Mr. Terkel's characteristics as an interviewer separated him from most of his fellow journalists. He was not cynical, but remained optimistic about the human character. He never grew jaded, but remained wildly, even comically enthusiastic about every person he encountered. And his main interest was not in the Big Story that would grab headlines, but in unveiling wider truths about broader concerns such as race relations and why people work.
His exhaustive interviews resulted in a series of acclaimed, best-selling books. "Division Street: America," his first success, published in 1966, was about the social conflicts that roiled in urban America in the 1960s. "Hard Times" (1970) explored people's experiences during the Great Depression. "Working" (1974) asked people why they did what they did for a living, whether they enjoyed it, and what role it played in their lives. "The Good War," his oral history of World War II, won the Pulitzer Prize for nonfiction in 1985.
Other books included "Talking to Myself," a memoir (1977); "Race: How Blacks and Whites Think and Feel About the American Obsession" (1992) and "Coming of Age: The Story of Our Century by Those Who've Lived It" (1995).
Two of his books were adapted into stage works. Working, with music by a wide variety of composers, including Stephen Schwartz, Craig Carnelia, James Taylor and Mary Rodgers, was a collection of vignettes with people singing about their daily labors. It had a short run of 24 performances on Broadway, but has had a long life in regional theatres. Its book and score were nominated for Tony Awards. In 1999 Working was updated with additional material about new kinds of workers and with two new songs.
Two years later, Broadway saw The American Clock. The Arthur Miller play, a collection of short scenes featuring many characters and centered on one family, was inspired by Hard Times. It ran 12 performances. In 2004 Northlight Theatre in Skokie, IL, presented the world premiere musical, Studs Terkel's "The Good War," based on Terkel's book of the same name. It was written by David H. Bell and Craig Carnelia, and the score was made up of new arrangements of classic 1940s songs.
His daily Chicago-based radio show was first broadcast on WFMT in 1958. Mr. Terkel, who radiated a genial blue-collar authenticity that seemed to free his subjects of their natural reticence and inhibitions, frequently sang the praises of the Second City, even though he was not a native son. He was born Louis Terkel in the Bronx on May 16, 1912, the third son of Samuel Terkel, a tailor, and the former Anna Finkel. The family moved to Chicago in 1923. He took the name Studs from "Studs Lonigan," the title character in James T. Farrell's novel.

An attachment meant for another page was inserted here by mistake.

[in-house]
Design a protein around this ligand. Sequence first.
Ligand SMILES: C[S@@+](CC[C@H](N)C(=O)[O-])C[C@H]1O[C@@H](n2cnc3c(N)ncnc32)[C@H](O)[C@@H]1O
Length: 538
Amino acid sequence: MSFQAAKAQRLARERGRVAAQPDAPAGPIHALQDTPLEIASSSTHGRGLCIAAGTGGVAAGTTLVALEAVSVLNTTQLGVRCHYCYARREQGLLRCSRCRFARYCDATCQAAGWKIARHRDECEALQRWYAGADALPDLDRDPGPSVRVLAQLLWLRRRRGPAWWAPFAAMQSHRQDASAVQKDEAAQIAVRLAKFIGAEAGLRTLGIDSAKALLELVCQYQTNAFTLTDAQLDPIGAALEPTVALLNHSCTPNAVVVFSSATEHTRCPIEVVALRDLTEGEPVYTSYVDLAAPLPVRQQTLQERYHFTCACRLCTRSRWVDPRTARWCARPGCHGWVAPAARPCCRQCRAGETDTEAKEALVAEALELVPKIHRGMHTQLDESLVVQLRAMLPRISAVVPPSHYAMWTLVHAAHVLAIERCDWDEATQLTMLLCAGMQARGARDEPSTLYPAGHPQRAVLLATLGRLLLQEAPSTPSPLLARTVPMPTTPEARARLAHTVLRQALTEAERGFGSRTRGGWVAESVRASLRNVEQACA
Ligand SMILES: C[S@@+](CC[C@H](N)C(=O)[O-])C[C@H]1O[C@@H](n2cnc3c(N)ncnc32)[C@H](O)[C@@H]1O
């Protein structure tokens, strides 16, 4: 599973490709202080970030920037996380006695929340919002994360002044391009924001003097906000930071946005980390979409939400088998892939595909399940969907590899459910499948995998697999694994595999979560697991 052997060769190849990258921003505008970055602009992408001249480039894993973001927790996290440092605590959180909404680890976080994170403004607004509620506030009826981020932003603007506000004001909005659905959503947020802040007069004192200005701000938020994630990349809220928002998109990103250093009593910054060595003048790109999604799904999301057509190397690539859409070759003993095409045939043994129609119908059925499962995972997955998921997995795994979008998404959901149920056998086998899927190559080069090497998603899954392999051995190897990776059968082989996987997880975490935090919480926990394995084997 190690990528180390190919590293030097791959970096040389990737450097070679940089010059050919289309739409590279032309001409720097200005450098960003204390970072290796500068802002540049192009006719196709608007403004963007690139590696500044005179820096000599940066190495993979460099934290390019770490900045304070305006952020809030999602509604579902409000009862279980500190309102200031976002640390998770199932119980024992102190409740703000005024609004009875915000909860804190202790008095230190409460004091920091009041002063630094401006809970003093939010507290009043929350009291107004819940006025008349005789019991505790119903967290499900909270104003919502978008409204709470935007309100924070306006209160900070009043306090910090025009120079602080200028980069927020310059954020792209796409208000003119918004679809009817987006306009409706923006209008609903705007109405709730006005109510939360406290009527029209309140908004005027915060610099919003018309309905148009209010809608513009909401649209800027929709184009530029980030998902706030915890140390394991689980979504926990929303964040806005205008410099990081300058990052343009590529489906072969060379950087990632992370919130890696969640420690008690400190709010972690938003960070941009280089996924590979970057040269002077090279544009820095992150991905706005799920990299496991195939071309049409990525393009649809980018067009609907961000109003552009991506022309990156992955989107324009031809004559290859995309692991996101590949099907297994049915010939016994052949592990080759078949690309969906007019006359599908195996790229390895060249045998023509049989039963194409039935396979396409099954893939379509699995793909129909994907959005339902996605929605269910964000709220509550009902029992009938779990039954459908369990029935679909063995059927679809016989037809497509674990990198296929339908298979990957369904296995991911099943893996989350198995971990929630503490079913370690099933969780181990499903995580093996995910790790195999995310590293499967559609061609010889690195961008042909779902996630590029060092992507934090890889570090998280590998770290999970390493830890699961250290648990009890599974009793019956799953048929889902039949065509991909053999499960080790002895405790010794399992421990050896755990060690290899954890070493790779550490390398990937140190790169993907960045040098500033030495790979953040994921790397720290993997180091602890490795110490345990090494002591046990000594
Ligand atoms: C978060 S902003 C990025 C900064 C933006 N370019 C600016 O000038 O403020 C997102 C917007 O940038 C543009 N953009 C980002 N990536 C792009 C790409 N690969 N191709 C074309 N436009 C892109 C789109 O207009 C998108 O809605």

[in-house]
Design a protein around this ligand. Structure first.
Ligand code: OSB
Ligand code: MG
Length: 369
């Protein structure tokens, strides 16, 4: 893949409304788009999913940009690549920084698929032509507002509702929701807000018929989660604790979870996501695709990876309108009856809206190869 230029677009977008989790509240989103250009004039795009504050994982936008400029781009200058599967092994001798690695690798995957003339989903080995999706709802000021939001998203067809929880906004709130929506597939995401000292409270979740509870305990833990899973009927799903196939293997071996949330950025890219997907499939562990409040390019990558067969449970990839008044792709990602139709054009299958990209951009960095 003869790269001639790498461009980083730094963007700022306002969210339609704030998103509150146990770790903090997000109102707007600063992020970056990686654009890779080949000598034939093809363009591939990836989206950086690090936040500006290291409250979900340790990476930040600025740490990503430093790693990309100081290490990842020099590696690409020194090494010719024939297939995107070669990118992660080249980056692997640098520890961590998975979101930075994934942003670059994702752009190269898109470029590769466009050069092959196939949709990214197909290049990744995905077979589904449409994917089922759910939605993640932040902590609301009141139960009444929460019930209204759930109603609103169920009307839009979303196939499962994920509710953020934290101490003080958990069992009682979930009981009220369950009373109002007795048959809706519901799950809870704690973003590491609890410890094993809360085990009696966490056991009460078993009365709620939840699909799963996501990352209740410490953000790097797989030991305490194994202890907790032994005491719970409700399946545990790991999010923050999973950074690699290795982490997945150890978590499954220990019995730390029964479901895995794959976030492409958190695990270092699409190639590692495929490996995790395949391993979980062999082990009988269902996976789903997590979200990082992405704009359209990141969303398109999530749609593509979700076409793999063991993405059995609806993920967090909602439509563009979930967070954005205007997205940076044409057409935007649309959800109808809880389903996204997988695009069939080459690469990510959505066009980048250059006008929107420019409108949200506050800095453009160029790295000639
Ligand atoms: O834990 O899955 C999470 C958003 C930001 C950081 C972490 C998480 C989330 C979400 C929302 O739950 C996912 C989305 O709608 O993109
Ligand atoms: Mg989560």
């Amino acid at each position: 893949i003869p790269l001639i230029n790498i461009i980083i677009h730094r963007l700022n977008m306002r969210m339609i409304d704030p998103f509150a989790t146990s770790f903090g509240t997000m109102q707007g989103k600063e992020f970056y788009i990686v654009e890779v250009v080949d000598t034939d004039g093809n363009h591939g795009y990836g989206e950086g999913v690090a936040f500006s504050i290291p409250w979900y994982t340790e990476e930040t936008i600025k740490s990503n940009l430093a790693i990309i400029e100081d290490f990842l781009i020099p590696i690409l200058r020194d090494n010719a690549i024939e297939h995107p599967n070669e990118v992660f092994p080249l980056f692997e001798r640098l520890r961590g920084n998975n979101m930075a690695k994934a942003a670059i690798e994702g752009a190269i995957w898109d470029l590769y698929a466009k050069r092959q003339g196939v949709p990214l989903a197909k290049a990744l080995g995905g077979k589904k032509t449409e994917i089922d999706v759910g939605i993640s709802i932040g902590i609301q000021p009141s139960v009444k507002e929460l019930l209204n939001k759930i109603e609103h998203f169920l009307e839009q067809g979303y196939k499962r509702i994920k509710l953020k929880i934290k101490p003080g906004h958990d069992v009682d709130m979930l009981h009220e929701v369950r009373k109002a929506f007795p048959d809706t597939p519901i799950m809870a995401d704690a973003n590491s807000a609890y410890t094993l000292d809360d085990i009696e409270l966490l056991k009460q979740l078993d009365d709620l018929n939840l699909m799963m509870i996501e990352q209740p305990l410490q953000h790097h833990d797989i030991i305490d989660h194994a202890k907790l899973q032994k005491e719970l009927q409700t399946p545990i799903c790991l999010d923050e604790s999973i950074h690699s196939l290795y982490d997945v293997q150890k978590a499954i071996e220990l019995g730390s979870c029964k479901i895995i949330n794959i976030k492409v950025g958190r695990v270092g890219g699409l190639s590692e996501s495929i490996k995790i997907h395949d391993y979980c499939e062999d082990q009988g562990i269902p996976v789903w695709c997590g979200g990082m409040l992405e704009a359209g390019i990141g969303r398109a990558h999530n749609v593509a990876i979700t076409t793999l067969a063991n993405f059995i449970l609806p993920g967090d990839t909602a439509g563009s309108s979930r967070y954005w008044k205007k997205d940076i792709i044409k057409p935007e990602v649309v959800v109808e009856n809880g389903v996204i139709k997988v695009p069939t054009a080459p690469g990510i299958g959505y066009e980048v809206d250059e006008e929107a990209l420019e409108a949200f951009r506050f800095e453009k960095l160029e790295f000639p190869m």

He had early ambitions to be an actor. He appeared in Waiting for Lefty at the Chicago Repertory Group, and performed in soap operas like "Ma Perkins" and "Road of Life." He also wrote scripts for WGN. After World War II, he was given his own radio show, called "The Wax Museum," on WENR. In 1950, he was the star and host of an early Chicago variety show called "Stud's Place," in which he posed as the owner of a barbeque place who was merely passing the time of day with his guests. He certainly looked the part. Short, with a doughy, smiling faced and wildly awry white hair, he had the bearing and personality of a bartender or garrulous traveling salesman. When telling a story, his eyes would widen with childlike enthusiasm and his soft, husky voice — made for radio — would fill with drama.
"Stud's Place" was canceled in 1952, the victim of McCarthyism; Mr. Terkel was a life-long liberal. Not able to work in radio, he returned to the theatre, acting in a national tour of Detective Story. Other plays followed. Soon after, WFMT hired him; he would stay there for the next 45 years.
In 1980 Mr. Terkel won a Peabody Award for excellence in journalism. In 1997 Mr. Terkel received the National Book Foundation Medal for contributions to American letters.
In 1939 he married Ida Goldberg, a social worker. She died in 1999. The couple had one son, Dan Terkell, who changed the spelling of his surname, and survived his father.